What do the white and black passengers on the train symbolize (besides society) in Baraka's play Dutchman?  

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In Amiri Baraka’s play Dutchman, the white and black passengers symbolize the inability of the individual to make substantial difference in race relations in the United States through their inaction and complicity. Baraka is telling the audience that this inaction and complicity perpetuates the strained and unequal race relations, and it afflicts both white and black individuals.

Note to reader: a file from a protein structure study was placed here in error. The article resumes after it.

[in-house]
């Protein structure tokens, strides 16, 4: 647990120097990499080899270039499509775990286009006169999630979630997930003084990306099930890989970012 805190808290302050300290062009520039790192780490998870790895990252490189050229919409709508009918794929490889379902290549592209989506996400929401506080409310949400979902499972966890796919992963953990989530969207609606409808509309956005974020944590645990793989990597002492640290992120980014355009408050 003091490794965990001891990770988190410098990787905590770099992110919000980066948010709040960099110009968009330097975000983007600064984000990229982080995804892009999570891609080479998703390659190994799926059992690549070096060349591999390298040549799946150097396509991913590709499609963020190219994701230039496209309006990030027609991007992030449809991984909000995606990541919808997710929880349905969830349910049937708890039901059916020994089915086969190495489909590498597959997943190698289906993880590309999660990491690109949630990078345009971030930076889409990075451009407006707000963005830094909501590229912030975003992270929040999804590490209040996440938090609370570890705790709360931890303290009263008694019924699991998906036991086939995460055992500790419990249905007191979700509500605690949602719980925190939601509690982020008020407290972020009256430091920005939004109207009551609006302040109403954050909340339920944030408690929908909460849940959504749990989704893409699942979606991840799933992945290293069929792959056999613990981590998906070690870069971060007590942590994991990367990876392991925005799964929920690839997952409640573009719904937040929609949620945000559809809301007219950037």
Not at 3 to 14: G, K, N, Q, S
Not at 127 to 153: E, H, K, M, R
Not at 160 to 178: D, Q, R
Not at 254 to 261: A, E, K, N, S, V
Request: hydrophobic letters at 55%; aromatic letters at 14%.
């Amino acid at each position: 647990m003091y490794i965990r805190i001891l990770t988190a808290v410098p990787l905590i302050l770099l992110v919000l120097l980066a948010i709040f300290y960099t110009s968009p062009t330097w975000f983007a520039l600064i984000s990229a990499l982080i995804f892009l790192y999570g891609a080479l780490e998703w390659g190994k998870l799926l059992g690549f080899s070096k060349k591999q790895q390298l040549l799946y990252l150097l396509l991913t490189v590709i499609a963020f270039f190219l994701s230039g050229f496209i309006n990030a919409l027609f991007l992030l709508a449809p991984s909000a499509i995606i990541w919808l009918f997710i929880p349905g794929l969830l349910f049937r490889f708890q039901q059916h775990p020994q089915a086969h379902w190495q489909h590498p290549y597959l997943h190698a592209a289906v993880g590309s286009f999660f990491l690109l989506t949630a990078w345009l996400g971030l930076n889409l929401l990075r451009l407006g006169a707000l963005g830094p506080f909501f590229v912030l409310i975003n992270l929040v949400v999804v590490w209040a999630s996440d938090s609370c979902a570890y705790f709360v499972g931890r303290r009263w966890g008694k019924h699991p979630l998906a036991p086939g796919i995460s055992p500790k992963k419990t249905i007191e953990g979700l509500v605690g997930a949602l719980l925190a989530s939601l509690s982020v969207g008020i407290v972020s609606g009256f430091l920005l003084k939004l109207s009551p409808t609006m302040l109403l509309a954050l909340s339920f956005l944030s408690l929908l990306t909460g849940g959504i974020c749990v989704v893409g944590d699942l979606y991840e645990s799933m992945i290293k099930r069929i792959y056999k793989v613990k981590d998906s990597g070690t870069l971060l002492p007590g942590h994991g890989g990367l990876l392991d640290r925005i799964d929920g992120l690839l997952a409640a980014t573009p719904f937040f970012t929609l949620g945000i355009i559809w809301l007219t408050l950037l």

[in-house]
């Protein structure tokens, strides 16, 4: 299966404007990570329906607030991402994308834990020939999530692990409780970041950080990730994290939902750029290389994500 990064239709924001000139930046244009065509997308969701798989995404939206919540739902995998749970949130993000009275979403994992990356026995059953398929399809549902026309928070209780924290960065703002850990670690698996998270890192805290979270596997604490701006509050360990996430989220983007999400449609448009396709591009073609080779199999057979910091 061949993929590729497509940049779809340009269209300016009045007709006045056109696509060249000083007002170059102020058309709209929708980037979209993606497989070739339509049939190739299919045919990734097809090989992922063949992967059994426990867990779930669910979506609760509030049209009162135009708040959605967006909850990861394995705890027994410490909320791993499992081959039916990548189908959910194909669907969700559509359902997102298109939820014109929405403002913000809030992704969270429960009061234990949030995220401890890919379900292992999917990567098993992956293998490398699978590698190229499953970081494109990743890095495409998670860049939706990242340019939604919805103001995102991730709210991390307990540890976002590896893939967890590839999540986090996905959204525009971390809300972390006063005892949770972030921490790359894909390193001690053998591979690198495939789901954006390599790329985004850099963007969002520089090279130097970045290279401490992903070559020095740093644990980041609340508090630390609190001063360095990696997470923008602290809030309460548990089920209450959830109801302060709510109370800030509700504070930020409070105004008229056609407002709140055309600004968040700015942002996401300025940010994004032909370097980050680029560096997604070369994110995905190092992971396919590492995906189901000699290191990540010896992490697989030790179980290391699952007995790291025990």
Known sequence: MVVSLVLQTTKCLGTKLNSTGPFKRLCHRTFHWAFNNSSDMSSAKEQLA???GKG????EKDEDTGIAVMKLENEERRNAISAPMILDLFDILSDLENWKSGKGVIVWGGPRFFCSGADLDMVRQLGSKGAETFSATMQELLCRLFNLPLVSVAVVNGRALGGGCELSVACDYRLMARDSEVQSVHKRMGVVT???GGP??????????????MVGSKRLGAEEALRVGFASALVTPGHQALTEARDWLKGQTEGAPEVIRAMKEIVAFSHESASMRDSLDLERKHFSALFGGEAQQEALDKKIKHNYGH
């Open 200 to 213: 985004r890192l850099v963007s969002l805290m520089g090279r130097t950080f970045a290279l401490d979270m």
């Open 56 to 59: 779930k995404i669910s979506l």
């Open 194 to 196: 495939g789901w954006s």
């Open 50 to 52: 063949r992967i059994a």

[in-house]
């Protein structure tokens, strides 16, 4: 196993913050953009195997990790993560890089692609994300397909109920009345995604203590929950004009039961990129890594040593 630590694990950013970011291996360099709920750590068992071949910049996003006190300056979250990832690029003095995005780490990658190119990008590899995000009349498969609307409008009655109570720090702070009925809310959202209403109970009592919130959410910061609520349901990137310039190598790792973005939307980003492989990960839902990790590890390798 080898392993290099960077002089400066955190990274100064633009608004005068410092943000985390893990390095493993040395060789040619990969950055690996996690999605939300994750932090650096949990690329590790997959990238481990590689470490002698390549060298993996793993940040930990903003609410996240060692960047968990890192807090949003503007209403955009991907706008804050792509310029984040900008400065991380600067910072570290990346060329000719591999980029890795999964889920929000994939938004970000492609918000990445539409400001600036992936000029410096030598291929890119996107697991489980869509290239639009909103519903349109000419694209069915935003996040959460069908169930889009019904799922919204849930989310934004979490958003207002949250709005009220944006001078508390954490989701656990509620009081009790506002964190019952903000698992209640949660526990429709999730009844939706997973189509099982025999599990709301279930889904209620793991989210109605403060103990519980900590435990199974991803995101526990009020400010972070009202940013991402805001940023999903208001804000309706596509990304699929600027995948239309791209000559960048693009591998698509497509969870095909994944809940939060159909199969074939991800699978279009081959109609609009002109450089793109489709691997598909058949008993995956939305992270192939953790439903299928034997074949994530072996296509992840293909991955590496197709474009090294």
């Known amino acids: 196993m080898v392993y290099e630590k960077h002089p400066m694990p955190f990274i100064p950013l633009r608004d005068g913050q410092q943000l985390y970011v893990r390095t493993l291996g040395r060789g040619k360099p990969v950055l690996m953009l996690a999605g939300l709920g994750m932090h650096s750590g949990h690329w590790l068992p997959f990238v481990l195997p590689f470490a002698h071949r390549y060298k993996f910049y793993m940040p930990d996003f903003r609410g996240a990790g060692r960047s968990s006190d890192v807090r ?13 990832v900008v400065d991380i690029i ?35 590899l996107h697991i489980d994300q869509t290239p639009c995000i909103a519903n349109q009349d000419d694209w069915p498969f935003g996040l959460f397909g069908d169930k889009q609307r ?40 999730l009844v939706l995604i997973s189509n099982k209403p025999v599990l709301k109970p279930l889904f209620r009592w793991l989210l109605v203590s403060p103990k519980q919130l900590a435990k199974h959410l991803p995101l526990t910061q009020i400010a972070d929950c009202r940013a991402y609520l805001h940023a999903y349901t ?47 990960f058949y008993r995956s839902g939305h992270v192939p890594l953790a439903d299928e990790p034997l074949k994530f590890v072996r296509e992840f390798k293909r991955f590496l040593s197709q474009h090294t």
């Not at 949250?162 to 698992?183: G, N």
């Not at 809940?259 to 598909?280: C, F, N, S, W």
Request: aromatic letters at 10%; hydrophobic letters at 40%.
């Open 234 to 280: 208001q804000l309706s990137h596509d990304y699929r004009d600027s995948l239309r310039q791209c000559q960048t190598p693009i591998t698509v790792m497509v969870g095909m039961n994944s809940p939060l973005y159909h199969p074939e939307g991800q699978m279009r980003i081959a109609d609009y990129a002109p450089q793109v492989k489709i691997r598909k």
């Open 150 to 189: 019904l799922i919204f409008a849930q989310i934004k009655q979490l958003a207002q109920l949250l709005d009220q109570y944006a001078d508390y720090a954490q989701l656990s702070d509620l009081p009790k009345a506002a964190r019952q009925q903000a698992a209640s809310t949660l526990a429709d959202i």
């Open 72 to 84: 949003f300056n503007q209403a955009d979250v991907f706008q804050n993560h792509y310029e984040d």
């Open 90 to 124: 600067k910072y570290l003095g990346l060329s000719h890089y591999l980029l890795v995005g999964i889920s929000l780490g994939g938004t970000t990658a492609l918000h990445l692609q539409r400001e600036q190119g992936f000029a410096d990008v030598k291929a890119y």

Baraka’s play is rife with allusion and symbolism, and it can be examined as an allegory. He was also in the process of divorcing his Jewish wife at the time of writing, so aspects of the larger racial landscape in America may have been affecting him and his wife.

The Flying Dutchman is a legendary ghost ship which sails endlessly with a crew that cannot escape, much like the white and black subways riders who are unable to escape the contentious race relations. The play’s title also connects to the Dutch slave ships which brought chained Africans to America, which of course started the racial dynamics in...

(The entire section contains 4 answers and 964 words.)

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